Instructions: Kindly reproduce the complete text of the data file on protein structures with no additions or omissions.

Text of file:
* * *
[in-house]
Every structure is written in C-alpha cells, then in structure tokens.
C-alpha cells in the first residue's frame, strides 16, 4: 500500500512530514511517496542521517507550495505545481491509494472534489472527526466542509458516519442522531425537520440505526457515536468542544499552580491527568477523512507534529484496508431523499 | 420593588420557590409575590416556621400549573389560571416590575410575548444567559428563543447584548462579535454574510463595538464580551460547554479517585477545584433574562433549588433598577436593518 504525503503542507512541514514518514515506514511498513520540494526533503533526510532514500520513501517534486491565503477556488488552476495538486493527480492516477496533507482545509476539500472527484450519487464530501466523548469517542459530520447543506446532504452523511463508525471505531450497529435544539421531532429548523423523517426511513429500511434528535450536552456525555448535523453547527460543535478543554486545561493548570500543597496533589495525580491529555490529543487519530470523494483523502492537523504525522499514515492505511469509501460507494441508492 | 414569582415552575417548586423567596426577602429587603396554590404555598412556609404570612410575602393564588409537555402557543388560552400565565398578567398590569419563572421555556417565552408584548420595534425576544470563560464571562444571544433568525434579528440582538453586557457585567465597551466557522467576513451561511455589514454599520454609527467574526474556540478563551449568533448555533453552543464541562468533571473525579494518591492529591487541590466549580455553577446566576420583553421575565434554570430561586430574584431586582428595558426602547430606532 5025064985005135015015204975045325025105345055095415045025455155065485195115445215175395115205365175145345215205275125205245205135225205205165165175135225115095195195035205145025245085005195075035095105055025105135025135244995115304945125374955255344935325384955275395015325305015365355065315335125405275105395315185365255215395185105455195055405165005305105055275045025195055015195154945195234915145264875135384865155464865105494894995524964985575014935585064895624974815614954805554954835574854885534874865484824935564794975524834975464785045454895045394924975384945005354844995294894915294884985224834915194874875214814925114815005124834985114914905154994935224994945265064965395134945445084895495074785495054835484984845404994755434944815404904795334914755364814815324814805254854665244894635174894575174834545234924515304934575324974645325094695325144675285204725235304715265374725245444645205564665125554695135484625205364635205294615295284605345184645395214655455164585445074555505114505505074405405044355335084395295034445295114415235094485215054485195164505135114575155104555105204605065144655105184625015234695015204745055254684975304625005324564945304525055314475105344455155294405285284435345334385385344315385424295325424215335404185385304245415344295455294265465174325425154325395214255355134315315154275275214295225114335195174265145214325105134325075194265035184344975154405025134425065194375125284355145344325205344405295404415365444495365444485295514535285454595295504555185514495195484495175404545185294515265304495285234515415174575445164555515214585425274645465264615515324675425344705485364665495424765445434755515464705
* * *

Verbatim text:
[in-house]
Every structure is written in C-alpha cells, then in structure tokens.
C-alpha cells in the first residue's frame, strides 16, 4: 500500500512530514511517496542521517507550495505545481491509494472534489472527526466542509458516519442522531425537520440505526457515536468542544499552580491527568477523512507534529484496508431523499 | 420593588420557590409575590416556621400549573389560571416590575410575548444567559428563543447584548462579535454574510463595538464580551460547554479517585477545584433574562433549588433598577436593518 504525503503542507512541514514518514515506514511498513520540494526533503533526510532514500520513501517534486491565503477556488488552476495538486493527480492516477496533507482545509476539500472527484450519487464530501466523548469517542459530520447543506446532504452523511463508525471505531450497529435544539421531532429548523423523517426511513429500511434528535450536552456525555448535523453547527460543535478543554486545561493548570500543597496533589495525580491529555490529543487519530470523494483523502492537523504525522499514515492505511469509501460507494441508492 | 414569582415552575417548586423567596426577602429587603396554590404555598412556609404570612410575602393564588409537555402557543388560552400565565398578567398590569419563572421555556417565552408584548420595534425576544470563560464571562444571544433568525434579528440582538453586557457585567465597551466557522467576513451561511455589514454599520454609527467574526474556540478563551449568533448555533453552543464541562468533571473525579494518591492529591487541590466549580455553577446566576420583553421575565434554570430561586430574584431586582428595558426602547430606532 5025064985005135015015204975045325025105345055095415045025455155065485195115445215175395115205365175145345215205275125205245205135225205205165165175135225115095195195035205145025245085005195075035095105055025105135025135244995115304945125374955255344935325384955275395015325305015365355065315335125405275105395315185365255215395185105455195055405165005305105055275045025195055015195154945195234915145264875135384865155464865105494894995524964985575014935585064895624974815614954805554954835574854885534874865484824935564794975524834975464785045454895045394924975384945005354844995294894915294884985224834915194874875214814925114815005124834985114914905154994935224994945265064965395134945445084895495074785495054835484984845404994755434944815404904795334914755364814815324814805254854665244894635174894575174834545234924515304934575324974645325094695325144675285204725235304715265374725245444645205564665125554695135484625205364635205294615295284605345184645395214655455164585445074555505114505505074405405044355335084395295034445295114415235094485215054485195164505135114575155104555105204605065144655105184625015234695015204745055254684975304625005324564945304525055314475105344455155294405285284435345334385385344315385424295325424215335404185385304245415344295455294265465174325425154325395214255355134315315154275275214295225114335195174265145214325105134325075194265035184344975154405025134425065194375125284355145344325205344405295404415365444495365444485295514535285454595295504555185514495195484495175404545185294515265304495285234515415174575445164555515214585425274645465264615515324675425344705485364665495424765445434755515464705